Hospitals, homeless charities and animal shelters have been faced with a battle to secure safe drinking wateras the water supply chaos continues across the county.
A health warning issued by United Utilities on Thursday is set to remain in place until next week. Around 300,000 residents have been urged to boil their drinking water after traces of the bug cryptosporidium – a microscopic parasite which can cause stomach cramps and diarrhoea - was found at Franklaw Water treatment plant in Catterall, near Garstang.
Organisations which work with vulnerable people and animals have been struggling to cope following the warnings, with some charities calling for donations of bottled water.
Lancashire Teaching Hospitals sourced 50,000 litres of water following the announcement, to be provided to patients and staff at its hospitals in Preston and Chorley.
Charities have called for extra donations and supermarket shelves were stripped bare as people rushed to stock up.
Meanwhile, investigations were under way into how the bug, commonly found in animals such as livestock, found its way into water at the treatment works.
United Utilities said samples taken from the site were “continuing to reduce”, and cards were being put through the letterboxes of affected homes.
They were taking bottled water to vulnerable customers, including the elderly, those with medical conditions and those on dialysis.
But bosses at United Utilities urged people not to panic-buy bottled water and to boil it instead, making it safe to drink and also getting the water out of the network quicker.
Hospital chiefs said there was no evidence the incident had affected any patients or caused an increase in attendance to the Emergency Department.
A spokesman for Lancashire Teaching Hospitals said: “We have sourced more than 50,000 litres of bottled water which we are providing to patients and staff.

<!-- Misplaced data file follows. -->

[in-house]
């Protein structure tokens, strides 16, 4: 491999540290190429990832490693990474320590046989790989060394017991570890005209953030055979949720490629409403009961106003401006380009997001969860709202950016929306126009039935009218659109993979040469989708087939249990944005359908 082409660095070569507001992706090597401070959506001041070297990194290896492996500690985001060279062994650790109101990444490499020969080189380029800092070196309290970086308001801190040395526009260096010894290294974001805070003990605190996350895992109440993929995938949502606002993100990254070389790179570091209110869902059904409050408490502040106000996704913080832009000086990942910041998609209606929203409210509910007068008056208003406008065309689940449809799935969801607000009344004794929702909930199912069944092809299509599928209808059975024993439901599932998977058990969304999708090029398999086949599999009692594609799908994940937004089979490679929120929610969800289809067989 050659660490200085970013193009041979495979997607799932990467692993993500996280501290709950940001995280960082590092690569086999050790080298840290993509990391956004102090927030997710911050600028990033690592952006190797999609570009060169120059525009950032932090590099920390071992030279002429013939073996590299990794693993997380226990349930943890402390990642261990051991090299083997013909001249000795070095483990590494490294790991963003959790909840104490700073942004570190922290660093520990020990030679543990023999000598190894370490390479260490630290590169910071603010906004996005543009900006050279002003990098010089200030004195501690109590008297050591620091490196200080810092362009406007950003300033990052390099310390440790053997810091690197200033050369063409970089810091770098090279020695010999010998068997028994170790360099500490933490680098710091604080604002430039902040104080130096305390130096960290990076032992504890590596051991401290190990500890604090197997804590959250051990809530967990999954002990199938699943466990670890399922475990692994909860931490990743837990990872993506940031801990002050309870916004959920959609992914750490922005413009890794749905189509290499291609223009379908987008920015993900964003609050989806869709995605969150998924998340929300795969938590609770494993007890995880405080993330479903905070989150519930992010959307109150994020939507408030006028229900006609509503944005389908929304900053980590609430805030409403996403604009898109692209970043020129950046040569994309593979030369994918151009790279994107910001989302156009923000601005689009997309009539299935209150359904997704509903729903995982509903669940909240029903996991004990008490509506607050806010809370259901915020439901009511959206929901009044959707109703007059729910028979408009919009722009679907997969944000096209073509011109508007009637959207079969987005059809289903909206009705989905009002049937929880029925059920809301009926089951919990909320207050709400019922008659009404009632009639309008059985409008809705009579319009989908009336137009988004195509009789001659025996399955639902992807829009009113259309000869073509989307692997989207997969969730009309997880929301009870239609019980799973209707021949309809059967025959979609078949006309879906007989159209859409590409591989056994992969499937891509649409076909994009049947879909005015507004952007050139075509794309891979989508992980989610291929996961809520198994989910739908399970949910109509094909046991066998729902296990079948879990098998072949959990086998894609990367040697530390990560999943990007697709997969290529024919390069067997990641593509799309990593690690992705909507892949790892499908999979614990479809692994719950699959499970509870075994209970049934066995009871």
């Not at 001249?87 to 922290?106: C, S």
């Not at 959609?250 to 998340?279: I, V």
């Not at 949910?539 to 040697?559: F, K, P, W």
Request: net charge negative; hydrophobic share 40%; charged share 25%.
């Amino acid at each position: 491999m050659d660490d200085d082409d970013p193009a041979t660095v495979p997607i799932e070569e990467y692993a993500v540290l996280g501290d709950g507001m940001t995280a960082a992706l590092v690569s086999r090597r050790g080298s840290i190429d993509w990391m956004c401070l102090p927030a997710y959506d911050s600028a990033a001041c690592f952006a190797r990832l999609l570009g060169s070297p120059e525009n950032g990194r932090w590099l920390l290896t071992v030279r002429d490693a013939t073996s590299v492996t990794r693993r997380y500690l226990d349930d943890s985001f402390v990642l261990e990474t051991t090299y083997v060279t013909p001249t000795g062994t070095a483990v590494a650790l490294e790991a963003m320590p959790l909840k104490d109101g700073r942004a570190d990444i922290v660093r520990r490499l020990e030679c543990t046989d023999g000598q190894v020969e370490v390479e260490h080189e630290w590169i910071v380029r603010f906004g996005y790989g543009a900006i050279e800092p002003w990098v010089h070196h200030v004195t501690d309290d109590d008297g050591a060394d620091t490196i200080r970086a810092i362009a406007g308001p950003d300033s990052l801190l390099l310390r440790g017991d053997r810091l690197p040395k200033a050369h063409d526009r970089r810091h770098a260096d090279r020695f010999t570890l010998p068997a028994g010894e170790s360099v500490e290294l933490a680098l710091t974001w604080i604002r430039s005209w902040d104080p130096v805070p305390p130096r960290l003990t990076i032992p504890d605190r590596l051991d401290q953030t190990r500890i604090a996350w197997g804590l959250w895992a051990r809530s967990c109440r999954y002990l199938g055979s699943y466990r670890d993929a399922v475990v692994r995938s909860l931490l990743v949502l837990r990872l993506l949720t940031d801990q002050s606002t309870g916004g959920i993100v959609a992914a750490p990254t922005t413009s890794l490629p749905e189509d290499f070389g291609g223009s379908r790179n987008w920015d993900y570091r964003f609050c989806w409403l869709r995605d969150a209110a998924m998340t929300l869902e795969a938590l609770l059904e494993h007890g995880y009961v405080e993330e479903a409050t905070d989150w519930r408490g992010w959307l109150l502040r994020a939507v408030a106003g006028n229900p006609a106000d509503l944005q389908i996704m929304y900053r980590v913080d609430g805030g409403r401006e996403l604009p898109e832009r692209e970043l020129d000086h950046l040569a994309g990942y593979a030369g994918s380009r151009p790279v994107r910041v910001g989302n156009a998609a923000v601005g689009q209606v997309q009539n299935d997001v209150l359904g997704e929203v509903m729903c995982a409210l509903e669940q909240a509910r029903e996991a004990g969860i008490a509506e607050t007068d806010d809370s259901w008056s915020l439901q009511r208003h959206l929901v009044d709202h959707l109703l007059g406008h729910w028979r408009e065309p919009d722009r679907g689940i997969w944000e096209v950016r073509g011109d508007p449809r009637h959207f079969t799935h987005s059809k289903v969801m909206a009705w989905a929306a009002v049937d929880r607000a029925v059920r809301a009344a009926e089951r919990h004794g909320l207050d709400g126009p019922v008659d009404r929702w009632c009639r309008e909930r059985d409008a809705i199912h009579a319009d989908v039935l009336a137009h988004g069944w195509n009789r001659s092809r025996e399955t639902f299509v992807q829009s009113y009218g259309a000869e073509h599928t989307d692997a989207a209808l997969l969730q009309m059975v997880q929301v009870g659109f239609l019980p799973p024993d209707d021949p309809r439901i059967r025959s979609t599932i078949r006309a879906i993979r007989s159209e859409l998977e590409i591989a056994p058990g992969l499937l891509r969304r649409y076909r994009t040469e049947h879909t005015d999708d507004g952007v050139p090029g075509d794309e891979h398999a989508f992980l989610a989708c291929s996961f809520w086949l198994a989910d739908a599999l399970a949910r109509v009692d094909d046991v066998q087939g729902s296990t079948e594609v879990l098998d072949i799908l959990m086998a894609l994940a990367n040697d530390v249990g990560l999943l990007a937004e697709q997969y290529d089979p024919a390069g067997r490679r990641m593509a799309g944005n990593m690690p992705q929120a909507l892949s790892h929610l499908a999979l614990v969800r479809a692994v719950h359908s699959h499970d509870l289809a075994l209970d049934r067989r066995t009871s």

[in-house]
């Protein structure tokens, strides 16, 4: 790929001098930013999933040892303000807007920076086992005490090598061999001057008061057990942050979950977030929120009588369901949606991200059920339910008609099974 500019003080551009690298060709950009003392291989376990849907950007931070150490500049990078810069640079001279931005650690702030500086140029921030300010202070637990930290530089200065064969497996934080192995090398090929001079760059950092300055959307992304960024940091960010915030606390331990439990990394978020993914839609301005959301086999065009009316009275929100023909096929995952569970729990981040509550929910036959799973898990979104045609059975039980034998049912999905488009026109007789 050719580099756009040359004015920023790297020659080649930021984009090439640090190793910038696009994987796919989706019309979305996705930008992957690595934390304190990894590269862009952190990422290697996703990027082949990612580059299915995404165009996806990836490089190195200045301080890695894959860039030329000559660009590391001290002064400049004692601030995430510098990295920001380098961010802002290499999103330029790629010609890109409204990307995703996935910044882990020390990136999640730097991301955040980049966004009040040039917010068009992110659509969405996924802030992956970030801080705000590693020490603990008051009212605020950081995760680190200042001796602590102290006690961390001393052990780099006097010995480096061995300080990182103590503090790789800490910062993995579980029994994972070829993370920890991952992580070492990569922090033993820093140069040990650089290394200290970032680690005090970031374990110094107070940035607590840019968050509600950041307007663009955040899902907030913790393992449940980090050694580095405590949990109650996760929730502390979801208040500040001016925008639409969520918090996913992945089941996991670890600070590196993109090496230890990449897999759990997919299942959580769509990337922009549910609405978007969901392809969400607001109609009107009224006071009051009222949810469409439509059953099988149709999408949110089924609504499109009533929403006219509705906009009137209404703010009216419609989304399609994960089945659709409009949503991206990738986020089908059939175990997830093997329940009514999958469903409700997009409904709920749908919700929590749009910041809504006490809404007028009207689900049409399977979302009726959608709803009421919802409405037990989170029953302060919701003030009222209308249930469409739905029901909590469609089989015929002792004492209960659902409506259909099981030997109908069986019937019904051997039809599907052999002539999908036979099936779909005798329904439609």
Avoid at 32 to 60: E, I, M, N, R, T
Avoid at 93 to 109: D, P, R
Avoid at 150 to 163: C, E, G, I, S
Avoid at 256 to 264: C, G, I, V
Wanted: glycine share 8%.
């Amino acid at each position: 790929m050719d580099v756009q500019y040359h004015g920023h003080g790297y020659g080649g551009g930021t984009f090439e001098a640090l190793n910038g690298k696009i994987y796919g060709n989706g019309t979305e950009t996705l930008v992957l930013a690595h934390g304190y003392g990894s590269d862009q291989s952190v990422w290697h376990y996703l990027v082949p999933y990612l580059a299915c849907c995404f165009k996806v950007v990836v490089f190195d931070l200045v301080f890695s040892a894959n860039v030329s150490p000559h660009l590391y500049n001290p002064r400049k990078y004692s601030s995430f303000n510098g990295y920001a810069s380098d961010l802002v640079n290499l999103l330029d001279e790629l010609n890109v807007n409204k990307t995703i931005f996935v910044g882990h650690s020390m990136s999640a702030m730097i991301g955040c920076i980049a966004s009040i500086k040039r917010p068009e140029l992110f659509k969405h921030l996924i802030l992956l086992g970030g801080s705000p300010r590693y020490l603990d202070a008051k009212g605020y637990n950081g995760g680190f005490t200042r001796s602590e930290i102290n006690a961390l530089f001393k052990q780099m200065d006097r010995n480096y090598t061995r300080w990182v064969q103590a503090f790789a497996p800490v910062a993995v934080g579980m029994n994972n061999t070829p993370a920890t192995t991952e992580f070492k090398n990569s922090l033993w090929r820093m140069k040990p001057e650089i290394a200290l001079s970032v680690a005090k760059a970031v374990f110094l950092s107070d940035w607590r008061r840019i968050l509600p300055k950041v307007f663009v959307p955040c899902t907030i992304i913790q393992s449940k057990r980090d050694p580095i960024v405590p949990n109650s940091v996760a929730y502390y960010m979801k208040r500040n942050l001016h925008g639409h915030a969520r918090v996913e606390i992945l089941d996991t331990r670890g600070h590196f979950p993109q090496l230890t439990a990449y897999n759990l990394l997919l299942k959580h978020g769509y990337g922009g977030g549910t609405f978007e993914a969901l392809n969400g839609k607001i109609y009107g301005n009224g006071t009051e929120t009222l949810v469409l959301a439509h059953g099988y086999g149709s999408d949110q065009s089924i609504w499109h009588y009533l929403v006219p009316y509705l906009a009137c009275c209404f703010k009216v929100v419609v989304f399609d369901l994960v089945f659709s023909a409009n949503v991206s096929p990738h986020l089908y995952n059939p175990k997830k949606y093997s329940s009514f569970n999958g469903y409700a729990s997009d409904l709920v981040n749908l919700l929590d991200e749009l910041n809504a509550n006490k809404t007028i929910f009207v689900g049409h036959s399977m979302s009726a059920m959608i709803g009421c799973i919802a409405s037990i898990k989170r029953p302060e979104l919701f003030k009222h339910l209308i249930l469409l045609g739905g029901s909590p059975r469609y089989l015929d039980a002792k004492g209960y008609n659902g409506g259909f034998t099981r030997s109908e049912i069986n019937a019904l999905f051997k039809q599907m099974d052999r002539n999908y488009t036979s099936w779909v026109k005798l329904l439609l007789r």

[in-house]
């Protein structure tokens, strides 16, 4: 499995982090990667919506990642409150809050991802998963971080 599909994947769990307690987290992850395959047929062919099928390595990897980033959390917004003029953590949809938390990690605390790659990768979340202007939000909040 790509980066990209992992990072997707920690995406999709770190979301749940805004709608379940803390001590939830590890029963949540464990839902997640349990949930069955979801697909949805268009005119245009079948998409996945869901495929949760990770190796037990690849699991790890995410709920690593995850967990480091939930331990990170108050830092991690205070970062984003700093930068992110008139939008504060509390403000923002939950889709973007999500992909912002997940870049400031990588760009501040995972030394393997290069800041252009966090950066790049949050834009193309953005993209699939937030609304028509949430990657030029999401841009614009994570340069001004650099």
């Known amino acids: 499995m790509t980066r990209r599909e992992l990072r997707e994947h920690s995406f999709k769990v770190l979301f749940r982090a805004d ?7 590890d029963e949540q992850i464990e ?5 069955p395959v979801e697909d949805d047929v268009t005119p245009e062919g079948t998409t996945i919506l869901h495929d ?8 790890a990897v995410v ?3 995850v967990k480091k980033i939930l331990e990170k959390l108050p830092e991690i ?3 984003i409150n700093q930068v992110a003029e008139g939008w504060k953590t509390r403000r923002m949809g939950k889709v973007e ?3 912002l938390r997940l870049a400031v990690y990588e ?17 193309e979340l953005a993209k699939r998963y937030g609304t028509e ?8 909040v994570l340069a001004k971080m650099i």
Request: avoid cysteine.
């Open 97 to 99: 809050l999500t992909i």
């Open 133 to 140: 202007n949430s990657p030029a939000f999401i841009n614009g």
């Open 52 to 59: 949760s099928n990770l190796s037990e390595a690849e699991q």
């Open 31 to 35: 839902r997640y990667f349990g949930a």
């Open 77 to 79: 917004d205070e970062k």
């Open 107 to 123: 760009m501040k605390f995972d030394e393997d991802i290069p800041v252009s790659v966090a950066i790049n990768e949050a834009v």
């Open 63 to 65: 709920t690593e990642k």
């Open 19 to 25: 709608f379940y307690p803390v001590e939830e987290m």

“We are awaiting further advice from United Utilities before reinstating the use of the mains water supply.”
Preston-based charity the Foxton Centre was calling for donations of bottled water for today’s “Sat Caf”, where 60 to 70 people were expected.
And supermarkets were working to provide extra water, as customers cleared the shelves.
A Sainsbury’s spokesman said: “On Tuesday night we delivered additional supplies of bottled water to seven supermarkets, and an additional ten pallets were on their way yesterday afternoon.
“We’ve also provided a large quantity of water to Royal Preston Hospital to help them remain operational.”
The RSPCA advised people to follow the same guidelines for animals as for humans.
John Wareing, manager of Preston’s RSPCA animal rescue centre, said he had been transporting water from outside the affected area to give to the animals.
United Utilities said the warning for people in Preston, Chorley, Fylde, South Ribble, Wyre and Blackpool, would be in place until next week.
Dr. Martin Padley, United Utilities’ chief scientific officer, said: “We’d like to thank customers for their immense patience as we work to restore normal service.
“As a precaution, we’d ask people to continue to boil their water for drinking, food preparation and brushing of teeth until further notice.
“The boiled water notice will apply throughout the weekend, and most likely, into the early part of next week.
“We’ll continue to keep customers informed.”
For more on the water contamination in Lancashire visit the links below: